Brief Fact Summary. Plaintiff Walls was sexually assaulted on premises of an apartment complex managed by Defendant.
Synopsis of Rule of Law. Absent exceptional circumstances, a landlord does not have a duty to protect tenants from criminal attacks by third persons. The implied warranty of habitability does not apply to impose any additional duties on landlords in the circumstance of criminal attacks on tenants by third persons.
Issue. There are two issues:
Does the landlord have a duty to secure tenants against criminal attack?
Is the implied warranty of habitability breached by criminal acts of third persons?
Held. No to a. and No to b. Remanded.
Landlords owe a general duty of reasonable care to their tenants, but the common law does not impose a duty on private citizens to protect others from criminal attacks by third parties. Thus, the Court will not place such a duty on landlords, unless the conduct of the parties merits a finding that one of the exceptions to the general rule is implicated.
The exceptions of the general rule against holding private citizens liable from attacks by third parties fall into four categories: 1. When a special relationship, such as innkeeper-guest or carrier-passenger, exists. This type of relationship is not present in a landlord-tenant relationship. 2. When a condition brought about by the defendant is a special temptation to foreseeable criminal conduct. This is how most cases holding landlords liable are decided. 3. When there is an overriding foreseeability of criminal attack. This is not adopted here. 4. Under the general tort principle that one who assumes a duty thereafter must act with reasonable care.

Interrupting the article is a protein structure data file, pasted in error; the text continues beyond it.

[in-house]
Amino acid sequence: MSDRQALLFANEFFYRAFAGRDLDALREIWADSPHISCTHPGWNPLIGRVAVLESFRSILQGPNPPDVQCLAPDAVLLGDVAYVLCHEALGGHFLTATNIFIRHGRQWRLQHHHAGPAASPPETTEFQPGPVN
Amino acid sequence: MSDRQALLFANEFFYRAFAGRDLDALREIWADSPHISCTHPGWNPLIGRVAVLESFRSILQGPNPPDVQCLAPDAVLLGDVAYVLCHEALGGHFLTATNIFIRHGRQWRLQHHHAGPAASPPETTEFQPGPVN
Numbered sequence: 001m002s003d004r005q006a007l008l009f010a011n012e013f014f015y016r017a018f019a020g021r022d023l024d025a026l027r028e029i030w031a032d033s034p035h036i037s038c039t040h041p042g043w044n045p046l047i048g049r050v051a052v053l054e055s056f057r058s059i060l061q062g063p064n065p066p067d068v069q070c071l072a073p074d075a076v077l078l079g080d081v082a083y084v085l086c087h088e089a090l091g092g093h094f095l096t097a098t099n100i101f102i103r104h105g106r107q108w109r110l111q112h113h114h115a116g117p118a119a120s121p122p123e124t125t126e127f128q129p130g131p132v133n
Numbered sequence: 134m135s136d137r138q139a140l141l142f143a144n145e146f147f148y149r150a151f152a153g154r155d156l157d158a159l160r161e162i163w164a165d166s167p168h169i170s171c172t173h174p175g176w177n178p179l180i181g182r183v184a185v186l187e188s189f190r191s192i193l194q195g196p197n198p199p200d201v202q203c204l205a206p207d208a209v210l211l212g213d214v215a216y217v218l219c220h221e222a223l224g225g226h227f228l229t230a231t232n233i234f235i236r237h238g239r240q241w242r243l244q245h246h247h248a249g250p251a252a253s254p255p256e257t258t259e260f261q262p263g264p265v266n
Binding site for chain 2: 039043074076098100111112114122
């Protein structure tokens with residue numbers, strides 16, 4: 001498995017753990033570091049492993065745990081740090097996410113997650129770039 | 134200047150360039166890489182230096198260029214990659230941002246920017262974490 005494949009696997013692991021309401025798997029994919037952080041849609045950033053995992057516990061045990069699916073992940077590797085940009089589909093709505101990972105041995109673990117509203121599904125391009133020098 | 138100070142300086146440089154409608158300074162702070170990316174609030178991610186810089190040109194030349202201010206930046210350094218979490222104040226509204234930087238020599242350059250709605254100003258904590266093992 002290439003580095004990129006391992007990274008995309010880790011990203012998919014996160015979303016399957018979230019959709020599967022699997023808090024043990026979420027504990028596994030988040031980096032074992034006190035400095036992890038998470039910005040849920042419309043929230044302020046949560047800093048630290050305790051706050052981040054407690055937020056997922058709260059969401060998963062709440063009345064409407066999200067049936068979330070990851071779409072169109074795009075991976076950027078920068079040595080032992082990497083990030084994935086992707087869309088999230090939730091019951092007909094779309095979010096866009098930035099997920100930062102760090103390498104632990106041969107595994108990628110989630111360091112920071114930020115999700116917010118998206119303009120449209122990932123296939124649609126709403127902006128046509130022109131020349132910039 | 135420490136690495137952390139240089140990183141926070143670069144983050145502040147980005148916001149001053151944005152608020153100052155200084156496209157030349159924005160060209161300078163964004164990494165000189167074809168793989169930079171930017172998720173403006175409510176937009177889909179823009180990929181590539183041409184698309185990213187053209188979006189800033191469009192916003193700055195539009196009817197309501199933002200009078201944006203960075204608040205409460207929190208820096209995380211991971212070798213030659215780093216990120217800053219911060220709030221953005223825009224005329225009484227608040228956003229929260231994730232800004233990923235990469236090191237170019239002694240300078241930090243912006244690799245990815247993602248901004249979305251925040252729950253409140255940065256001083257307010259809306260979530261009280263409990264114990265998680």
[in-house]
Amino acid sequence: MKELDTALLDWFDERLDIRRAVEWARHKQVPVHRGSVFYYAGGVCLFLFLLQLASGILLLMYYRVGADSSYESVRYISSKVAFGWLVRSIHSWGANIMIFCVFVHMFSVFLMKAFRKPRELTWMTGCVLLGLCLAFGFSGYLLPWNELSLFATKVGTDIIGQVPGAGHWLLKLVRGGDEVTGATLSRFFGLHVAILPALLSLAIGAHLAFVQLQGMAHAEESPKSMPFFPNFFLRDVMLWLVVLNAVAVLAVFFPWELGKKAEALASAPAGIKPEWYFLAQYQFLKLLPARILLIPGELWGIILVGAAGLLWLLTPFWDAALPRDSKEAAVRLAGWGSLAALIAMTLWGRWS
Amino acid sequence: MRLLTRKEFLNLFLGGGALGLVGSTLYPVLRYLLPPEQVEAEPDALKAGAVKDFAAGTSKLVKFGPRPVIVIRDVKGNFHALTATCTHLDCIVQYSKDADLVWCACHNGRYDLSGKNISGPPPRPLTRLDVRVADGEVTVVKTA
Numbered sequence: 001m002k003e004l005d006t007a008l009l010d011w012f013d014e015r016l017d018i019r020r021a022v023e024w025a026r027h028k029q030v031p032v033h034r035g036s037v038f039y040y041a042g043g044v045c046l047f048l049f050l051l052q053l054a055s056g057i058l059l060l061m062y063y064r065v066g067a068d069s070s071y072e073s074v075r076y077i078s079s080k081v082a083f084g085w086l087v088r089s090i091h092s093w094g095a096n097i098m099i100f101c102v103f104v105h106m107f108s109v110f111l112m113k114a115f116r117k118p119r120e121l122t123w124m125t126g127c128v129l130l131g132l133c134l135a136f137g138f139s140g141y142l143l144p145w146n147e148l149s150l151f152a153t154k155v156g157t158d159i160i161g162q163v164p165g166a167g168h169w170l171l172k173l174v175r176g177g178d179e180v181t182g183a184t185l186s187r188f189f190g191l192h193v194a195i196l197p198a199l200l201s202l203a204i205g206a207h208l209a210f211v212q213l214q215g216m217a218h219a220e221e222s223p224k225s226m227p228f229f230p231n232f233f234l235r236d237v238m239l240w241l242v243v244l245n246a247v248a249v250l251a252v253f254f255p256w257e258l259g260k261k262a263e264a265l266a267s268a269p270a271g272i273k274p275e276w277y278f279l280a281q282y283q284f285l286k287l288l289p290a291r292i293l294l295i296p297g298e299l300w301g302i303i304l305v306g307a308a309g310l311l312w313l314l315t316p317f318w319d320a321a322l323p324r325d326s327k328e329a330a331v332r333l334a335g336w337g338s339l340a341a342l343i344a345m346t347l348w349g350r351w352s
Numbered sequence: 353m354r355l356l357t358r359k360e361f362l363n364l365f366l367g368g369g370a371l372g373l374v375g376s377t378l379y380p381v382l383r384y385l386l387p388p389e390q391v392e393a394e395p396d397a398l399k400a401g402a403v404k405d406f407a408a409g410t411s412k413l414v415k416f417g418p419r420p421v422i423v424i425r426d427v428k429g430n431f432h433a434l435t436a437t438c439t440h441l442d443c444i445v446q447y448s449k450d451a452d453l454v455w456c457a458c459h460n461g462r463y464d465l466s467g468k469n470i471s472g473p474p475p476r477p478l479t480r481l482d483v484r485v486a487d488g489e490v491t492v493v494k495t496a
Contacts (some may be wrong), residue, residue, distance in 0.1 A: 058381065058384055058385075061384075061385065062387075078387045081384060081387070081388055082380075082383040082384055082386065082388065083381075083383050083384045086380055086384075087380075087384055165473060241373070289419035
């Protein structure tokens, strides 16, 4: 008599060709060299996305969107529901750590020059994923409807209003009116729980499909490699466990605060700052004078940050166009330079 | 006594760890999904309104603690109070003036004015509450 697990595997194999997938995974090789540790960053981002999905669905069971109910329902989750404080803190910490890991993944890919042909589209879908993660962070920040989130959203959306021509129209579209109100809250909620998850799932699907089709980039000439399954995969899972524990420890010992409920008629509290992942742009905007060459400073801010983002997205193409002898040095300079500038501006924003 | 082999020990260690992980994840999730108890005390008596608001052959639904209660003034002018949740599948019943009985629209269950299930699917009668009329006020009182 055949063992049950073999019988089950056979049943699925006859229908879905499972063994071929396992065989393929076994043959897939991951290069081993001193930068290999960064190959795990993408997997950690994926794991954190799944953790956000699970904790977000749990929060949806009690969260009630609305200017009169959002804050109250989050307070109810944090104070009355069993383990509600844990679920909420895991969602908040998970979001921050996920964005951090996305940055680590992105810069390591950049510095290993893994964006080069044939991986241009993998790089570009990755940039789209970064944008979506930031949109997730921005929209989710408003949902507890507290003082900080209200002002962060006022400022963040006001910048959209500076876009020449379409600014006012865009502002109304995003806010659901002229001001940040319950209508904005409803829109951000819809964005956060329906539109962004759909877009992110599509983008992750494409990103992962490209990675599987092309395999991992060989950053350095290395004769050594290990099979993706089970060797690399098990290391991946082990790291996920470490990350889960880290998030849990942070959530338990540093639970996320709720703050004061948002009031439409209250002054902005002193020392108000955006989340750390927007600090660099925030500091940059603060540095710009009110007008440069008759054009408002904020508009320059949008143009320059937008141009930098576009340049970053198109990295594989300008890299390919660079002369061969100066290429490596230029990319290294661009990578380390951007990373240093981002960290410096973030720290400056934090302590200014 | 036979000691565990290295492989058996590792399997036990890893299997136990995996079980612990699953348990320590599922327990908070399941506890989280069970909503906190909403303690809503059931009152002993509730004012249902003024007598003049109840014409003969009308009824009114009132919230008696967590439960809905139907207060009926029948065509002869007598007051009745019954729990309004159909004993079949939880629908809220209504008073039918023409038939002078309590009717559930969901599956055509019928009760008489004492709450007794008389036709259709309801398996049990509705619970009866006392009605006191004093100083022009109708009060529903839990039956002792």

The Court held that while landlords have no general duty to protect tenants from criminal attack, such a duty may arise when the landlord has created or is responsible for a known defective condition on the premises which creates a foreseeable risk of criminal conduct. A landlord who undertakes, gratuitously or under contract, to provide security for an apartment complex must act thereafter with reasonable care. Unless the conduct of the landlord fits into one of those exceptions, the landlord will not be held liable for criminal attack on residents by third persons.
The implied warranty of habitability in residential lease agreements protects tenants against structural defects, but does not require landlords to take affirmative measures to provide security against criminal attack. This does not limit a recovery should the landlord violate an express covenant in the lease or through an attack through a violation of the housing code.
Discussion. This case might have been decided differently in other jurisdictions. If these facts ever present themselves, be aware of the law in the jurisdiction which applies.